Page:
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Written Answers to Questions

Thursday 24 February 2005


Crown Prosecution Service

23. Mr. Allen: To ask the Solicitor-General pursuant to the answer of 2 December 2004, Official Report, columns 206–07W, on the Crown Prosecution Service, what progress has been made with the planned review of interaction between prosecutors and the police in the process from arrest to charge. [217649]

The Solicitor-General: A review of the charging arrangements in Nottinghamshire took place during December 2004. An action plan setting out a number of recommendations for improvement was provided to the Area after the review. Work on these actions has commenced and is being taken forward by the joint charging team.

A follow up visit to the Area, by the joint Crown Prosecution Service and police charging team to assess progress against the action plan, will be made in the spring.

24. Andy Burnham: To ask the Solicitor-General if she will make a statement on reform of the Crown Prosecution Service. [217650]

The Solicitor-General: The CPS reform programme aims to put prosecutors at the heart of the Criminal Justice System, providing a prosecuting service that meets the needs of victims and communities. This means prosecutors having a bigger role at each stage of the criminal justice process from charge through to sentence and working in co-operation with others in the criminal justice process while maintaining that independence of decision-making which is the hallmark of British prosecutors.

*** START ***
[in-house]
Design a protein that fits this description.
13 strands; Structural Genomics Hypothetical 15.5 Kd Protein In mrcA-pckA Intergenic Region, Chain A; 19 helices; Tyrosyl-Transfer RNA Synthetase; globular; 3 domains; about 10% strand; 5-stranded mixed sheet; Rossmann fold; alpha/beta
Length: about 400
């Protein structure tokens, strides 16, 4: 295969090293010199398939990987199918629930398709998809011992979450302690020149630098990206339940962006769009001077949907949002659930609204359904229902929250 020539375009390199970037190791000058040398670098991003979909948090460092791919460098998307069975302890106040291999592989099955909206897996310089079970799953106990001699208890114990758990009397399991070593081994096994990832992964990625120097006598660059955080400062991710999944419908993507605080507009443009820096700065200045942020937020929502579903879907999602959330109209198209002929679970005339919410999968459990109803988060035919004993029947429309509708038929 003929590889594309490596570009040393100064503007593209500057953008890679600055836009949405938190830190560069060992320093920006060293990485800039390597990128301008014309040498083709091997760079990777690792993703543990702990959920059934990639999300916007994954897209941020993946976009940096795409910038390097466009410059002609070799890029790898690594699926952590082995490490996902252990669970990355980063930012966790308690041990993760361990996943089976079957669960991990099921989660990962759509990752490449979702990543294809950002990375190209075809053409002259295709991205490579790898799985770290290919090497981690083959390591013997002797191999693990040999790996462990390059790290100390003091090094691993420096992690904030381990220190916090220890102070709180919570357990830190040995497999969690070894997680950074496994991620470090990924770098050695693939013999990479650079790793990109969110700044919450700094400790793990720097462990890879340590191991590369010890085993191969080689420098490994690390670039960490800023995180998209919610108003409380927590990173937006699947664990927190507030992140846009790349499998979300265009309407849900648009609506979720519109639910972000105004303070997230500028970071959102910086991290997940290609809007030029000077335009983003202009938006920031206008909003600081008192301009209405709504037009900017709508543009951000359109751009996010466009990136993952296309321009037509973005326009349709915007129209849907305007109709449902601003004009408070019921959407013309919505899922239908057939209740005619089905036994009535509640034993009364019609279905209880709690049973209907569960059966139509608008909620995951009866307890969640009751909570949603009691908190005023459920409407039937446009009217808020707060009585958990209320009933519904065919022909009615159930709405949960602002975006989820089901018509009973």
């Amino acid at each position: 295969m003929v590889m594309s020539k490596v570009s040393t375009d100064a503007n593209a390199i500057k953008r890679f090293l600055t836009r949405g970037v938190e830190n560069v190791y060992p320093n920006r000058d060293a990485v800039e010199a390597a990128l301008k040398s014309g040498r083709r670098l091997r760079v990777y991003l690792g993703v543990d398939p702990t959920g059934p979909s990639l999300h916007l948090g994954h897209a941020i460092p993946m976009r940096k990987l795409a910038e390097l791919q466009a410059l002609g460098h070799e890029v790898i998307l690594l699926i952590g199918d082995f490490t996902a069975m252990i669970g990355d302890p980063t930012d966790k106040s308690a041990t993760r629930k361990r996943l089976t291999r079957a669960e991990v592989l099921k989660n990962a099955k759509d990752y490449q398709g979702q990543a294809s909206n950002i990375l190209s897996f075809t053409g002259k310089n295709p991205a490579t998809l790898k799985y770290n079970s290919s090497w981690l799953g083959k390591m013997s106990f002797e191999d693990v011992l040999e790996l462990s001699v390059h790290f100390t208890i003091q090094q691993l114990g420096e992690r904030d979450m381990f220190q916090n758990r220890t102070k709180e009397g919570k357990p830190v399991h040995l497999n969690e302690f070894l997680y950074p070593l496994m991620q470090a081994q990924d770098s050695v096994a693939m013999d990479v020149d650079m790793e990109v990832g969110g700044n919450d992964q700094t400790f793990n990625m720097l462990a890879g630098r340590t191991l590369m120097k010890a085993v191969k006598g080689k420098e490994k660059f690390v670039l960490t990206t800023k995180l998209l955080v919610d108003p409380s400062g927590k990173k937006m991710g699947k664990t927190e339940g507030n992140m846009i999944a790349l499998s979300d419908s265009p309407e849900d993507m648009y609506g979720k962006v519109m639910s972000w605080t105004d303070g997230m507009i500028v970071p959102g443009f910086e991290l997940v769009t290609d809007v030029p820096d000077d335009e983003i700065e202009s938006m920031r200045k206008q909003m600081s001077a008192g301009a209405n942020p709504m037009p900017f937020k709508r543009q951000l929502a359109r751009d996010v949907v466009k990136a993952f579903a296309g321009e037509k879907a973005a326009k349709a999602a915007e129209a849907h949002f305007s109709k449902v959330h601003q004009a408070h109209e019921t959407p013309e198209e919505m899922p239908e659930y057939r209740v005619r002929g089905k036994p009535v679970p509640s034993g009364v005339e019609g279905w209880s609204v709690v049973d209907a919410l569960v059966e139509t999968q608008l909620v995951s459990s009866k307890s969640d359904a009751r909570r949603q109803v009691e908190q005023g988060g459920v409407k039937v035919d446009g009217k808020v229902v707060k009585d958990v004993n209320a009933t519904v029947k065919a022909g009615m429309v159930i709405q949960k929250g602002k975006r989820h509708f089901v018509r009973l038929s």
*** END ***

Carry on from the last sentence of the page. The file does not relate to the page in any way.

Child Witnesses

25. Mr. Jim Cunningham To ask the Solicitor-General what steps the Crown Prosecution Service takes to prevent trauma suffered by children serving as witnesses at trials. [217652]

The Solicitor-General: Crown Prosecutors work closely with the police and other agencies to ensure that children, receive the help and support they need to cope with the court process and to assist them to give their best evidence through a range of special measures, including the use of screens, giving evidence in private, video recorded evidence in chief, live TV links, and the removal of wigs and gowns.

The introduction of witness care units across the country will further improve the experience for children. These will offer a single point of contact for witnesses, parents and carers, and a detailed needs assessment will
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be carried out to identify a witness's specific support requirements. A tailored support system can then be provided to them.

In relation, to child witnesses, witness care units can be expected to support children by, for example, arranging pre-trial court visits, providing an explanation as to what will happen in court, arranging a home visit, providing safe and easy access to court on the day of trial and also making contact with the local, school if there are difficulties in that regard.

Information Technology